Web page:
Hurricane Michael took us by surprise. It was “only” a tropical storm by the time it whooshed through North Carolina, but it packed quite a punch. When I left school on Thursday, I was shocked to discover that the road was blocked by a fallen tree.
I reversed and nearly crashed when I saw this on the side of the road.
I guess it was originally in someone’s yard, a Halloween decoration. Not as playful as it was intended, but I’m adding it to Cee’s Fun Foto Challenge! (We are also more playful now that our power has been restored!)
Color Your World: Purple Mountains’ Majesty, Blush, Sea Green, Cerulean, Green Yellow, Vivid Tangerine
Whew! Caught up through the end of February. Don’t miss out on this digital delight: Search the photograph for the colors! You could be a winner!*
*Winners may not be notified. Most likely not.*
Color Your World: Jazzberry Jam, Forest Green, Pacific Blue, Yellow, Outrageous Orange, Red Violet
Another cool puzzle to solve! Can you match the colors to the correct picture? Big prizes for winners!*
* Prizes are subject to availability, which is nil.*
Color Your World: Fern, Blue Green, Goldenrod, Melon, Orchid, Royal Purple
Yeah, I am behind on this blogging challenge but now you get to search out those colors in these photos! A terrific FREE online puzzle. Win a prize! Amaze your friends!
Color Your World: Piggy Pink
Having students read to piggies or teddies or Pikachu can be a valuable way to provide an audience for hesitant readers. Make sure they whisper read, so just their own critter can hear (and the room is not full of booming voices). Many struggling readers find this a powerful way to read books at their level without a sense of shame (“I should be reading chapter books!”). It also starts a habit which they can use at home, if no adults or sibs are available or willing. Hearing themselves read out loud is a confidence booster, perhaps jump-starting opportunities to read to younger kids. For some of my groups, I had their books placed inside folders so only their special listener knew what book was being read. This helped ease them through those early days of reading well below grade level. Some kids need that boost, others don’t.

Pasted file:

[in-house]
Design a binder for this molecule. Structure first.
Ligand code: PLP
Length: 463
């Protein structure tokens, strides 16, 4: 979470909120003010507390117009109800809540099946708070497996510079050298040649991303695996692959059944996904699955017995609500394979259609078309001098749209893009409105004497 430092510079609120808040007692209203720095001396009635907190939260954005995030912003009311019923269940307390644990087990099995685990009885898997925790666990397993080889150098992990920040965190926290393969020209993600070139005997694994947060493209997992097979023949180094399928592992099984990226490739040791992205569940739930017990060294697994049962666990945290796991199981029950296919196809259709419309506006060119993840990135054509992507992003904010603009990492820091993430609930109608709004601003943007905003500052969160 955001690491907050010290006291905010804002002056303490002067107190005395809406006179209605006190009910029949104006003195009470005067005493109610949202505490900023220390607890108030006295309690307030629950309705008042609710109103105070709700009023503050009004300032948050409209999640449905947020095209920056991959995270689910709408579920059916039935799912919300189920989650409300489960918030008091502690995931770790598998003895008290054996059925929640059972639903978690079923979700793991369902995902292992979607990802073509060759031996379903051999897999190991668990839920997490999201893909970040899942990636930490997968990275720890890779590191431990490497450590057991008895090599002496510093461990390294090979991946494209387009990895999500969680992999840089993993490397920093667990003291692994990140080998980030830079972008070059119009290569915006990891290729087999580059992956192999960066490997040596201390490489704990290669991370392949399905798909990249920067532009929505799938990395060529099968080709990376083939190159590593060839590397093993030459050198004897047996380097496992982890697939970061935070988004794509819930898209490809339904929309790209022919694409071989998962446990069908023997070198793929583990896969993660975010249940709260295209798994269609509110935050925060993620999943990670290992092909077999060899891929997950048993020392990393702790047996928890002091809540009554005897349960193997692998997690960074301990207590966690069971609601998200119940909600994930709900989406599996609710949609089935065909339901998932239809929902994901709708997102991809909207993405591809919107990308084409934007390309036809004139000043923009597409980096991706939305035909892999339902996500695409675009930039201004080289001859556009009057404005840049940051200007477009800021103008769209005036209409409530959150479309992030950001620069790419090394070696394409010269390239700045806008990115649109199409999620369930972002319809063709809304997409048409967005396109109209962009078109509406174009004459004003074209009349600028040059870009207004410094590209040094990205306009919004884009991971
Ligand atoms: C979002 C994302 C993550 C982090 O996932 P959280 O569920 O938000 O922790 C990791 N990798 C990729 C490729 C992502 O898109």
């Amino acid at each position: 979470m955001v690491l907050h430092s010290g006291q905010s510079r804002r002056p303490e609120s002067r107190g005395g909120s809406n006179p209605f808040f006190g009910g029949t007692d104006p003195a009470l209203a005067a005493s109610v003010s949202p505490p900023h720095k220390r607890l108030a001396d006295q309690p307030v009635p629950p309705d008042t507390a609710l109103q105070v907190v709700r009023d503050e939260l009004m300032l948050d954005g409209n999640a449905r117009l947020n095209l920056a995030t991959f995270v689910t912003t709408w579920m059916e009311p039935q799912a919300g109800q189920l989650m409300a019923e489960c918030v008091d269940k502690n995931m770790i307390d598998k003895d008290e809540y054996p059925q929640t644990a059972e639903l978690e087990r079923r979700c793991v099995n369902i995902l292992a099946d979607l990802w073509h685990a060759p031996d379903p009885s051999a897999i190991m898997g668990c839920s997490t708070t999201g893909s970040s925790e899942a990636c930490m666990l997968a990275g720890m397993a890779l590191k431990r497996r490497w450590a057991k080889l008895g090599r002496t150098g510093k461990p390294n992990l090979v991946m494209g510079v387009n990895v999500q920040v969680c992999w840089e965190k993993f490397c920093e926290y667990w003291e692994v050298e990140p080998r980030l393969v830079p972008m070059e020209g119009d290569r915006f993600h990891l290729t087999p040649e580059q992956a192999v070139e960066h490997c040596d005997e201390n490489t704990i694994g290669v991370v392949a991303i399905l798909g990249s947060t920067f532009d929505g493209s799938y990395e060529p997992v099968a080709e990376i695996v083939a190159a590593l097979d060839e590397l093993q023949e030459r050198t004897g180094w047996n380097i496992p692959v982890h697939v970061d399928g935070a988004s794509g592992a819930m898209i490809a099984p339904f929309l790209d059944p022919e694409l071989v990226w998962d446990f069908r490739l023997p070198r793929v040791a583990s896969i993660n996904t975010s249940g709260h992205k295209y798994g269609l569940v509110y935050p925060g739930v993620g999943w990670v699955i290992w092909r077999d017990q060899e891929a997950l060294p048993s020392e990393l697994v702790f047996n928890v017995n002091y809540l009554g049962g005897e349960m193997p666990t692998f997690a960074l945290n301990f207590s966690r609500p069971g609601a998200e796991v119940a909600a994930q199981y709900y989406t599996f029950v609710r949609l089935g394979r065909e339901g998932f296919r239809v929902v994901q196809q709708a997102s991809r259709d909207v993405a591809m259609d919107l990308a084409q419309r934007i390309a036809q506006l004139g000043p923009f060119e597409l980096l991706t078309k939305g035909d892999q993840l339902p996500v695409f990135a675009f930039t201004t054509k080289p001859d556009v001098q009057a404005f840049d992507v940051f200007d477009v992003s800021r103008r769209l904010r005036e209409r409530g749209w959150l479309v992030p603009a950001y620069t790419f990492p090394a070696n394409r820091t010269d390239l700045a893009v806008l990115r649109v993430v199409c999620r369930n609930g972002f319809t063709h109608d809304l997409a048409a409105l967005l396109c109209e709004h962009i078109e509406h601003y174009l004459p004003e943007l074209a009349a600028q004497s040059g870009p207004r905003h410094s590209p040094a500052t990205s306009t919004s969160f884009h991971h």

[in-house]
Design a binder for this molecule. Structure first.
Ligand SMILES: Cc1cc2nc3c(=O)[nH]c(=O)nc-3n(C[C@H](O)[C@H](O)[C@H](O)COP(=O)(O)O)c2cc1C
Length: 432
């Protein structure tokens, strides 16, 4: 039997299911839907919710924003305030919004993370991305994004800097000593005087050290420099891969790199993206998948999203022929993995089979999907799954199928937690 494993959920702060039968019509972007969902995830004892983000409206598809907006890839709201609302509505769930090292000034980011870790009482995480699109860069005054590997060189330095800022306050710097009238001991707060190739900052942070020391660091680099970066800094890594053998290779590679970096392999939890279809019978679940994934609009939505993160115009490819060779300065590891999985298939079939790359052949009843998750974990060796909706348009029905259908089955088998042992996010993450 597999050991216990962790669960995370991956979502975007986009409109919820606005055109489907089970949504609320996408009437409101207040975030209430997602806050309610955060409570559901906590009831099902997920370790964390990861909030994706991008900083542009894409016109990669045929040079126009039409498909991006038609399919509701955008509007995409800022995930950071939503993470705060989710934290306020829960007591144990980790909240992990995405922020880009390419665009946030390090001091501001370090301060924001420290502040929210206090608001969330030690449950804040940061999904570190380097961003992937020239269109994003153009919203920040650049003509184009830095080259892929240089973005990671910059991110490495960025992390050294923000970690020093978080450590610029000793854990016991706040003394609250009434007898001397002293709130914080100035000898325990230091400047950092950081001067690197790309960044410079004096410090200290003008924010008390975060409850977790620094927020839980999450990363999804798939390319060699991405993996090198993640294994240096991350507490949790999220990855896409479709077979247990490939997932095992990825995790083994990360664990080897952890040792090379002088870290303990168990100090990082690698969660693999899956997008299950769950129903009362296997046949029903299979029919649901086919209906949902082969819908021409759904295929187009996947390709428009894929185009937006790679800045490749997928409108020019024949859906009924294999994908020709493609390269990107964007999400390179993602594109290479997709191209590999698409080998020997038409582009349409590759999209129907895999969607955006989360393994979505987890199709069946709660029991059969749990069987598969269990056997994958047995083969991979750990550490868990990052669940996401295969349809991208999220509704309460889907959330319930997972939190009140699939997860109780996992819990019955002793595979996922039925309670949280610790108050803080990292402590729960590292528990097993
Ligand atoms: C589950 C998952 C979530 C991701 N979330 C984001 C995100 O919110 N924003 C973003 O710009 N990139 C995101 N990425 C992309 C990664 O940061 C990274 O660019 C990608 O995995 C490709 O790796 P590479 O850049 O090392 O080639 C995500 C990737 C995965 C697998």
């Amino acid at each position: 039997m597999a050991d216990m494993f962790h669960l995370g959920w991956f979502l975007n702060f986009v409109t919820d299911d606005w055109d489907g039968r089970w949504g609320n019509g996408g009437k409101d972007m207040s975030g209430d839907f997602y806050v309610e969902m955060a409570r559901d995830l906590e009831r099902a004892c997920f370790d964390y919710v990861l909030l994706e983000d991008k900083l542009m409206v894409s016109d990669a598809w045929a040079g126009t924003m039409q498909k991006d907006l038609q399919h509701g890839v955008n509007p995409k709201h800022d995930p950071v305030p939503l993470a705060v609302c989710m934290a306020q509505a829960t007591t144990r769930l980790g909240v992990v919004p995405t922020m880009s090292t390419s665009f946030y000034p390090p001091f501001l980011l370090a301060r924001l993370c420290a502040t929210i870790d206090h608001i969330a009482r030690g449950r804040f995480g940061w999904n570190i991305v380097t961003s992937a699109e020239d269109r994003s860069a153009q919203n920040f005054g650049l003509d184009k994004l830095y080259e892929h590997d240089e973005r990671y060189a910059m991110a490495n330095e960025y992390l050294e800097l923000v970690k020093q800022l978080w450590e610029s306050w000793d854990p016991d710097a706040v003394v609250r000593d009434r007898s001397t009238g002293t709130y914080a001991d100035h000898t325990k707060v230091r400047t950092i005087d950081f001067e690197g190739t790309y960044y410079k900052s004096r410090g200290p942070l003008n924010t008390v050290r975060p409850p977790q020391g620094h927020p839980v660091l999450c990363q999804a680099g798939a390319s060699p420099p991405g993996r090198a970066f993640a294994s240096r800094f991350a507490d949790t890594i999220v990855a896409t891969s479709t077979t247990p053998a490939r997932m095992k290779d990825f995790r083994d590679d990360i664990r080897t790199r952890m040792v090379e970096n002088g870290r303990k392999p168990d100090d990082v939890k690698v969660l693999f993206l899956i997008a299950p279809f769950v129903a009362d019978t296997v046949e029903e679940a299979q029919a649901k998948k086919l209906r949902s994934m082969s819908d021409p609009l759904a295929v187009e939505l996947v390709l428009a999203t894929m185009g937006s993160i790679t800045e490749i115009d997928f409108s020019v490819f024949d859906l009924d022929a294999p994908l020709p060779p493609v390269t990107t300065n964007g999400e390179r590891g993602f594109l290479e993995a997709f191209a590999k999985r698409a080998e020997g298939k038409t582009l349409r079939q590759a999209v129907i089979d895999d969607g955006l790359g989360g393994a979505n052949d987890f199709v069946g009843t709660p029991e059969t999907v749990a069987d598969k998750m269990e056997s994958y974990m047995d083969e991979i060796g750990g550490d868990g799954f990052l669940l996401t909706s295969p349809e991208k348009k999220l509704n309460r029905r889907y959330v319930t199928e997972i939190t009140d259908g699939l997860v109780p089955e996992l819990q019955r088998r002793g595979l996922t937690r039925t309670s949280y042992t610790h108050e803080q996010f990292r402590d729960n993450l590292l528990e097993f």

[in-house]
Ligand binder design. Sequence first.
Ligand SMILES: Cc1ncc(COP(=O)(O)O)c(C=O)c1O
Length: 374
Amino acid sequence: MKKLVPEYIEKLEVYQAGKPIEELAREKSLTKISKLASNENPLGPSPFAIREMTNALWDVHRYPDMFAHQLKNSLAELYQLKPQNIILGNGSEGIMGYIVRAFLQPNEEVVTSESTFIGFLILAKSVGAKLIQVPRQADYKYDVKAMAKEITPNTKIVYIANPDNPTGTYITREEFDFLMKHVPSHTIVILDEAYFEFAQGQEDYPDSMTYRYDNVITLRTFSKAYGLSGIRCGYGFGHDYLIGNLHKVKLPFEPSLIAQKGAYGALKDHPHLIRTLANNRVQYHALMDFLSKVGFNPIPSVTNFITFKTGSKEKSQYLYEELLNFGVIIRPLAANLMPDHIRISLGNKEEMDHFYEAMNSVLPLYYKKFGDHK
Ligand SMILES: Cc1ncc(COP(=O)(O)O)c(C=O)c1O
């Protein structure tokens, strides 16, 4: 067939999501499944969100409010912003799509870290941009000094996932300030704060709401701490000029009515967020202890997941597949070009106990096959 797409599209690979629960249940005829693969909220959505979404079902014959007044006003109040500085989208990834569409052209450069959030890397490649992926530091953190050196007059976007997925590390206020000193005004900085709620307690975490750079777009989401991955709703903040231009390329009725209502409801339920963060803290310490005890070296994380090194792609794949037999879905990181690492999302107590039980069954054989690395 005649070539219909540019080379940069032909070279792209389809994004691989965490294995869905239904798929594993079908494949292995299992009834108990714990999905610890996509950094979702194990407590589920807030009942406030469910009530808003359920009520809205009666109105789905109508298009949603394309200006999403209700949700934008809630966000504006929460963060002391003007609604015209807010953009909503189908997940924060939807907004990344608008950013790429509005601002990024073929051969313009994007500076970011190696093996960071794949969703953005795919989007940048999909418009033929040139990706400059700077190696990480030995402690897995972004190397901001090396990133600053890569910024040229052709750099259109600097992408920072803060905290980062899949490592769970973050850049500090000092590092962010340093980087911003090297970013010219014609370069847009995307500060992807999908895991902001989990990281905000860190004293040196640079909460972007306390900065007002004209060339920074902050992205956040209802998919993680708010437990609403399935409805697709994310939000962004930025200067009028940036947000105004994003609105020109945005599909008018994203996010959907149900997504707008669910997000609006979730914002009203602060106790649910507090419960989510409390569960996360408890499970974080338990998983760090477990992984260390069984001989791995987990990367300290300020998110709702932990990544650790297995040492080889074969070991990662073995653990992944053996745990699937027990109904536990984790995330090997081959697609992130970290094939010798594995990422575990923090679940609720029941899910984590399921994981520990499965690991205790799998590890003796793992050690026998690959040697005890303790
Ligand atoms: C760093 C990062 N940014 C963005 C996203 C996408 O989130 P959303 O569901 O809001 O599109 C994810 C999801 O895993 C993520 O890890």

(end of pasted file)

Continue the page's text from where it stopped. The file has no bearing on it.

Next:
I noticed that for many of my kids on the autism spectrum, this activity provided a chilling out experience. They usually read silently, clutching a dinosaur or Pokemon character. After the stress of the larger classroom, these kids needed comfort in a socially acceptable form. Before bean bags were banned due to fire regulations, they could also get a lot of form-fitting sensory input while reading to Kirby.
Personally, I read to Teddy. Piggy pink.
Color your World: Purple Heart
Pansies have long been one of my favorite flowers. Of course, we can’t have any within deer snacking range, which includes our porch. But I love their little purple heart-shaped faces and usually take the time to chat when we meet. They are excellent listeners and once they’re comfortable with you, pansies will tell you amazing secrets. I’m not going to violate their confidence about that; suffice to say they have a keen eye on the world around them.
Color Your World: Razzle Dazzle Rose
These razzle-dazzle “roses” caught my eye as they shone amidst the weeds and debris. I have no idea what kind of flower they are, but these fallen petals brightened an otherwise drab patch. I hope to do the same.
I loved Cee’s own entries for her Fun Foto Challenge (using the letter Y) and immediately searched for something I could use. I found him on our mantel.
Young boy with his dog.
Color Your World: Outer Space
This was a cool exhibit on thermal imaging at the California Academy of Sciences in San Francisco. I am holding a camera at the left of the screen, my outer space image being mirrored. Or is that an alien??
Color Your World: Screamin’ green
Rolling stones gather no moss, so this one was obviously glued in place! I do love finding hidden treasures on a hike.